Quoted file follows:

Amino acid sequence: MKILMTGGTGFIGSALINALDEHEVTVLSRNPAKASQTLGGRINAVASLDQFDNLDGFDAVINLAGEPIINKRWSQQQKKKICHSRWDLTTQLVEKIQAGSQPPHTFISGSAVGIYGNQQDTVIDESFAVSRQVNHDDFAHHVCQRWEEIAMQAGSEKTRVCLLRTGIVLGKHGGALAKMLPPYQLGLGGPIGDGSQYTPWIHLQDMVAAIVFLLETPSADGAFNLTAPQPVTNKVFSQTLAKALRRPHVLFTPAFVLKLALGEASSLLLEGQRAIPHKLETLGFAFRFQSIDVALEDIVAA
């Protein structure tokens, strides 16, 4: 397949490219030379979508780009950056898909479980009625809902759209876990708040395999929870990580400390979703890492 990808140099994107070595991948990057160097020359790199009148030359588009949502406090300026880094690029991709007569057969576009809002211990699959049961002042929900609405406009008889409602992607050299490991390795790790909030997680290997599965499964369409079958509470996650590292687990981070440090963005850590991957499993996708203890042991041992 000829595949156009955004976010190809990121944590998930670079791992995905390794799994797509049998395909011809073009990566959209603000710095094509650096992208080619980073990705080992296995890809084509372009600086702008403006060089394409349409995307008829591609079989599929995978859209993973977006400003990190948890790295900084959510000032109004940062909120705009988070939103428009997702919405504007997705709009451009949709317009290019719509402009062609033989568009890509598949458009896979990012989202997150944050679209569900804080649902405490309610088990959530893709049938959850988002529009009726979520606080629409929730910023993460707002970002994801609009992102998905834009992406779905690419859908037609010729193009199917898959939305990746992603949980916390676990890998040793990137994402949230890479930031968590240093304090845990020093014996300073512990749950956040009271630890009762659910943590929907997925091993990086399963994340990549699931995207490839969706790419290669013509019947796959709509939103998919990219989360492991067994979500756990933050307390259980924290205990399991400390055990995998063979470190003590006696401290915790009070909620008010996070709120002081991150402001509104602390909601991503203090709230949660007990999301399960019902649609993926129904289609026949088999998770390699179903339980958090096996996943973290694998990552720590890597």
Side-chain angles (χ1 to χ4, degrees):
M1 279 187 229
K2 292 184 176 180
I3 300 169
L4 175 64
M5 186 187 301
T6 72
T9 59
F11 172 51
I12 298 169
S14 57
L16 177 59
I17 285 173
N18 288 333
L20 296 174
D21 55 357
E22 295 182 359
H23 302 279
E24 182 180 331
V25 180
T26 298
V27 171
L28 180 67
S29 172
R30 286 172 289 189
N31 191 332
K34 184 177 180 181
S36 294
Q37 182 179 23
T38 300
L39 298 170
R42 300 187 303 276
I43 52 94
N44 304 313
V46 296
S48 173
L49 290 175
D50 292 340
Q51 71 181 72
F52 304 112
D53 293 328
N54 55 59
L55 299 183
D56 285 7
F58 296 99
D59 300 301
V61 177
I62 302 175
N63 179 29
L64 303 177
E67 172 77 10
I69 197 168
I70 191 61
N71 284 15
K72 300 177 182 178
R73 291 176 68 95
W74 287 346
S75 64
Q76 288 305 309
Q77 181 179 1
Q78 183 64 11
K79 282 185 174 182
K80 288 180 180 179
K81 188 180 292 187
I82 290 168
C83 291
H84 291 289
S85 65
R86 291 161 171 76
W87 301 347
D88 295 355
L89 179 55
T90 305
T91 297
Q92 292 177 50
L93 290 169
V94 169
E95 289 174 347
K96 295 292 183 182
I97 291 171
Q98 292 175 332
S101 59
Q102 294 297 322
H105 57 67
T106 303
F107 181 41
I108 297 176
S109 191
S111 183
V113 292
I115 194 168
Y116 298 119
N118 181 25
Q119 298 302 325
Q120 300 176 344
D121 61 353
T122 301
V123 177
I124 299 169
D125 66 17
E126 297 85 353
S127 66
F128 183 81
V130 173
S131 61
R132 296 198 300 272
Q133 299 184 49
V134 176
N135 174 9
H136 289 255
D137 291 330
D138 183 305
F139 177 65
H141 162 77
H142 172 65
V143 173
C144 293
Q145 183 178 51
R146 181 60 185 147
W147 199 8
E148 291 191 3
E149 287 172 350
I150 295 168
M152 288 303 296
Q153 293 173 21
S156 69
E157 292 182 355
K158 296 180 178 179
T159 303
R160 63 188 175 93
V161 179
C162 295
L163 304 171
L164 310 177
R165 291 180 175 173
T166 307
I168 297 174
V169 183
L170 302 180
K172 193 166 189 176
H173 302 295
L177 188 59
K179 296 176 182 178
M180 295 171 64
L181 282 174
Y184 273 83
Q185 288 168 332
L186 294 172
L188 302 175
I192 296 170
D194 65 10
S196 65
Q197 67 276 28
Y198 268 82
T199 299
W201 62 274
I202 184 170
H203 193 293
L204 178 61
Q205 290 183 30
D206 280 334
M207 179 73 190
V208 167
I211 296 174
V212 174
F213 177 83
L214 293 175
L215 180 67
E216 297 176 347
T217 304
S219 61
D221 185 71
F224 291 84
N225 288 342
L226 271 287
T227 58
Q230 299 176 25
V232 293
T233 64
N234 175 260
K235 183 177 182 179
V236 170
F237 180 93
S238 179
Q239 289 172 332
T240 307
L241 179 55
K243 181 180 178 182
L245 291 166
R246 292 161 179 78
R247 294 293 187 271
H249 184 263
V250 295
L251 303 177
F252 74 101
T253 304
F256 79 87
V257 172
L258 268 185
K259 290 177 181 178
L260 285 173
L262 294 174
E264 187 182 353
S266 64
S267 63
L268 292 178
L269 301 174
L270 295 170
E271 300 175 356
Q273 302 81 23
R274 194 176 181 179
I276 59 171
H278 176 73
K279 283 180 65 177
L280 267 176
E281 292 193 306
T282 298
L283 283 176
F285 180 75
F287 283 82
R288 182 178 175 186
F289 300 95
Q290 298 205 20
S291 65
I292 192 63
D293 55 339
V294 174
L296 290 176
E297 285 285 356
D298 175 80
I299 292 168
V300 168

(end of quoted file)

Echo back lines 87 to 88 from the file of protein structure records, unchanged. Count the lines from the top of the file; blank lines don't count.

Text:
T106 303
F107 181 41